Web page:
The demo session in Mainz took place in a relatively reverberant performance space. The jazz quartet was arranged on the raised stage at the front. I described my microphone choices and the placement of the 16 microphones to the student group in yesterday’s post. Once everything was connected to the microphone input box, we all returned to the control room to connect the mics to the preamps and then into the I/O boxes, which contain the analog to digital converters.
There are three stages to making a traditional commercial recording: tracking, overdubbing, and mixing. However, if the production is a classical or jazz ensemble, then the overdubbing step can be omitted…if all of the instruments and voices are captured at the same time. The Mainz session was of this type. The plan was to record the entire ensemble at once. This technique keeps things as simple as possible.
Another important aspect of recording “semi-live” (everyone playing but without an audience) is the avoidance of headphones, which are usually used so that everyone can hear everyone else…and so that the musicians/vocalists can hear themselves! Musicians prefer to hear each other acoustically but the demands of multitracking and conventional production techniques require the isolation afforded by using headphones.
Virtually all microphones need to be brought up from mic level (nominally -60 dB) to line level. Audiophiles debate endlessly about the quality of their DACs, about upsampling, and sample rates. They should be equally interested in the quality of the mic preamplifiers used at the beginning of the production chain. Unfortunately, this information is never recorded as part of the session notes.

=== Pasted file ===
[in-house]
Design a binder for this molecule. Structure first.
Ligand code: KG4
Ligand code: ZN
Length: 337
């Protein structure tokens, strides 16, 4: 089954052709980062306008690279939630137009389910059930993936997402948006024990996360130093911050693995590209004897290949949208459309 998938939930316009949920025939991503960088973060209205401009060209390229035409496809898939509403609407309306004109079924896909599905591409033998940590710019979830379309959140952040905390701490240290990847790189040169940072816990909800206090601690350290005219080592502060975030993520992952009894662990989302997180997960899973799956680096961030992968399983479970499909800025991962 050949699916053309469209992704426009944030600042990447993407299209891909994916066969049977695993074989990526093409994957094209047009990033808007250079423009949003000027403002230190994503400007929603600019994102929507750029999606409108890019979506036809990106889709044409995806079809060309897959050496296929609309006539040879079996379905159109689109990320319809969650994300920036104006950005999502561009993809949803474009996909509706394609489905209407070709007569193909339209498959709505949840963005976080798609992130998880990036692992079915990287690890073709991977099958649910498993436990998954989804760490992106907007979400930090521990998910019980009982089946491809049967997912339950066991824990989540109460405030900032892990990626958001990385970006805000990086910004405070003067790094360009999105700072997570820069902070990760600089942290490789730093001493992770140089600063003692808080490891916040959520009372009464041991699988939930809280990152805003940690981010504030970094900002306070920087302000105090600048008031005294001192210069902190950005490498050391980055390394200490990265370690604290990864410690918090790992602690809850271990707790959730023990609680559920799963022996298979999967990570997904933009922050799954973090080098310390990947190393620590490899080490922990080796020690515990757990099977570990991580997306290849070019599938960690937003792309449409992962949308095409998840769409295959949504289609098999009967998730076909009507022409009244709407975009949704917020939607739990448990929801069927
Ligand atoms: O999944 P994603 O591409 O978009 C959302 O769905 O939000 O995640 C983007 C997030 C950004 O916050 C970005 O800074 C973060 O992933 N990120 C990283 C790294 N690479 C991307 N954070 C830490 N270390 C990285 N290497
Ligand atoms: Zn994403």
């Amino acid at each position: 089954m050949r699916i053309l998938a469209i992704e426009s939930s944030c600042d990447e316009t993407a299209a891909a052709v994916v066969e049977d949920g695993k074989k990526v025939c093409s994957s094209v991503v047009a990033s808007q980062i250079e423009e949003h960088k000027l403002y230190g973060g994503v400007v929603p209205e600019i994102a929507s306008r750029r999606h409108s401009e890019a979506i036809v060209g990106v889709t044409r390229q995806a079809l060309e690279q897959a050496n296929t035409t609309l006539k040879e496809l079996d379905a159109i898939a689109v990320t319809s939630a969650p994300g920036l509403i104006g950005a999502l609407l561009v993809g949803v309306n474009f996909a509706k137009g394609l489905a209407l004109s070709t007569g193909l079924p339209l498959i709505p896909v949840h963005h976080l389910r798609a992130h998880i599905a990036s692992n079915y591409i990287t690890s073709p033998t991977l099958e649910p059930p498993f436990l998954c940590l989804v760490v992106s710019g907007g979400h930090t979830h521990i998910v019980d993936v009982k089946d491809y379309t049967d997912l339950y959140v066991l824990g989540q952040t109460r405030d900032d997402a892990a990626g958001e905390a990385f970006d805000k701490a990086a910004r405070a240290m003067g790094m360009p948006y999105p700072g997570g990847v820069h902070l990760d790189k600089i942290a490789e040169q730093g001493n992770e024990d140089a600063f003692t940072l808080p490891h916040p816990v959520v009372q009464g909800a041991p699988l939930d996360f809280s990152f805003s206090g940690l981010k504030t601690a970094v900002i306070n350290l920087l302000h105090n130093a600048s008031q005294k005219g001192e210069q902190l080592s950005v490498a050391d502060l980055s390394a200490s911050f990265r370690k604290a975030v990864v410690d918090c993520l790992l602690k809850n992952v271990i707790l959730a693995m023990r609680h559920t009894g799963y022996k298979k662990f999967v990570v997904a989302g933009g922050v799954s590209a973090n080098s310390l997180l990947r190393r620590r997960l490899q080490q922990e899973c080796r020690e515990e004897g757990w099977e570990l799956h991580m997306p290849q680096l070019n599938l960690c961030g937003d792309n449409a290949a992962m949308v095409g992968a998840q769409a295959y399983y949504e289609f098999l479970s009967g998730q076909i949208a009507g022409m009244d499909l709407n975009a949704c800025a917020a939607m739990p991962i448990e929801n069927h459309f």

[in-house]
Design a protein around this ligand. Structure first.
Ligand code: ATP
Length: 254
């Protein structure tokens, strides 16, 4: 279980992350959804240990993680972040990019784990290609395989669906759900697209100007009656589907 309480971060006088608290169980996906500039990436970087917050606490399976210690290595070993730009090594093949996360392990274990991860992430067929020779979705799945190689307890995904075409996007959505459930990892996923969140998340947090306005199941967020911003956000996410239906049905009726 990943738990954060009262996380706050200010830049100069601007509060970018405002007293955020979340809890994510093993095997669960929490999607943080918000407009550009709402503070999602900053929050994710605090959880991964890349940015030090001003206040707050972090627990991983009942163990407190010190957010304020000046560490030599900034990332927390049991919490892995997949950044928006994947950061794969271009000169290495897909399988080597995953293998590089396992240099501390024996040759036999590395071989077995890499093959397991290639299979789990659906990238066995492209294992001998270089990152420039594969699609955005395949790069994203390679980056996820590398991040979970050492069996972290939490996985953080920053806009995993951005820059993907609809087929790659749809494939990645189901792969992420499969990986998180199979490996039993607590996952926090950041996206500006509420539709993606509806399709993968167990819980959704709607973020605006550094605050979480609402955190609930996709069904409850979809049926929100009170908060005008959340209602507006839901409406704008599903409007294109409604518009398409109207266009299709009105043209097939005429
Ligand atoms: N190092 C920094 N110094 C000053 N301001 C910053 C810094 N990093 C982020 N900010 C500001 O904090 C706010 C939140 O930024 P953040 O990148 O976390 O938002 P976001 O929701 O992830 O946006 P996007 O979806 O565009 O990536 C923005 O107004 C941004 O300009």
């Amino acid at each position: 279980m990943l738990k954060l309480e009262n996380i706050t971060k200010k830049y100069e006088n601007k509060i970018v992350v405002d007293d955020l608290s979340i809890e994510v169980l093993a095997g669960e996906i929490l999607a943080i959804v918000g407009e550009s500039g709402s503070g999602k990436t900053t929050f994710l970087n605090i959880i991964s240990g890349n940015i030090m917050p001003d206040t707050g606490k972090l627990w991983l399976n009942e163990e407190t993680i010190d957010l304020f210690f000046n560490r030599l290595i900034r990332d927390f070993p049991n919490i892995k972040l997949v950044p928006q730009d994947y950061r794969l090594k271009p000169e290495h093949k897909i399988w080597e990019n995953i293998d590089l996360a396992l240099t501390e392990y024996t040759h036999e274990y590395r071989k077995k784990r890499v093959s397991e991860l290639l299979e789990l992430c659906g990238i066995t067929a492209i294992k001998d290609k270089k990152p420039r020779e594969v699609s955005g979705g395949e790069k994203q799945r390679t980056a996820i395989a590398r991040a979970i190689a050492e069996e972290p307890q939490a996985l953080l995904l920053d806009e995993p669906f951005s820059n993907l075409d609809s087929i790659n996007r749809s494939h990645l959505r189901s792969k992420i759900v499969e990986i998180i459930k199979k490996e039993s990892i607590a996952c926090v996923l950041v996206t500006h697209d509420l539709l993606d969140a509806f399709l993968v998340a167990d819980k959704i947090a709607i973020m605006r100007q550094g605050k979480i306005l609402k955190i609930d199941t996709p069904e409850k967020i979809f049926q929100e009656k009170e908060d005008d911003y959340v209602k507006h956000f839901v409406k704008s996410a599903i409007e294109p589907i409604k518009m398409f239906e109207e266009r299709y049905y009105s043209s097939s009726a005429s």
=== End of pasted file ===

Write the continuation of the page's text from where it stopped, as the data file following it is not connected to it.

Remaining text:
Part of the MQA (Mater Quality Authenticated) initiative requires that the type of ADC be known and retained part of the metadata of each analog to digital transfer. This information can then be used to insure that the exact parameters of that unit are used during the reconstruction of the analog waveform.
I’m not convinced that information about the specific mic preamps and ADCs will be widely available and could thus diminish the advancement that MQA promises.
Setting the gain structure for each input microphone is a critically important step in the fidelity of a recording. The level must be set so that the loudest sound produced by the musicians doesn’t eclipse the maximum available “headroom” on the mic pre and the ADC. A whole project can be ruined if the incoming level causes a device to distort. If the level is too low, the potential dynamic range of your recording can be compromised. The engineer either gets it right at this stage or the project suffers from the very first stage.
The output of the analog to digital converters is routed to the individual channels of the Pro Tools recording system. The setup in Mainz was limited to 48 kHz/24-bits but I assured Moritz that it would be fine for our demonstration purposes. The goal of this stage of the process is to maximize the output of the ADC to each of the 16 tracks. One again, you don’t want to exceed the upper limits of the 24-bit encoding system nor do you want to lose any potential fidelity by setting the input level too low.
This was quickly accomplished with all 16 tracks on the PT system. The next step is to successfully set up the 5.1 surround monitoring and create a rough mix in the control room.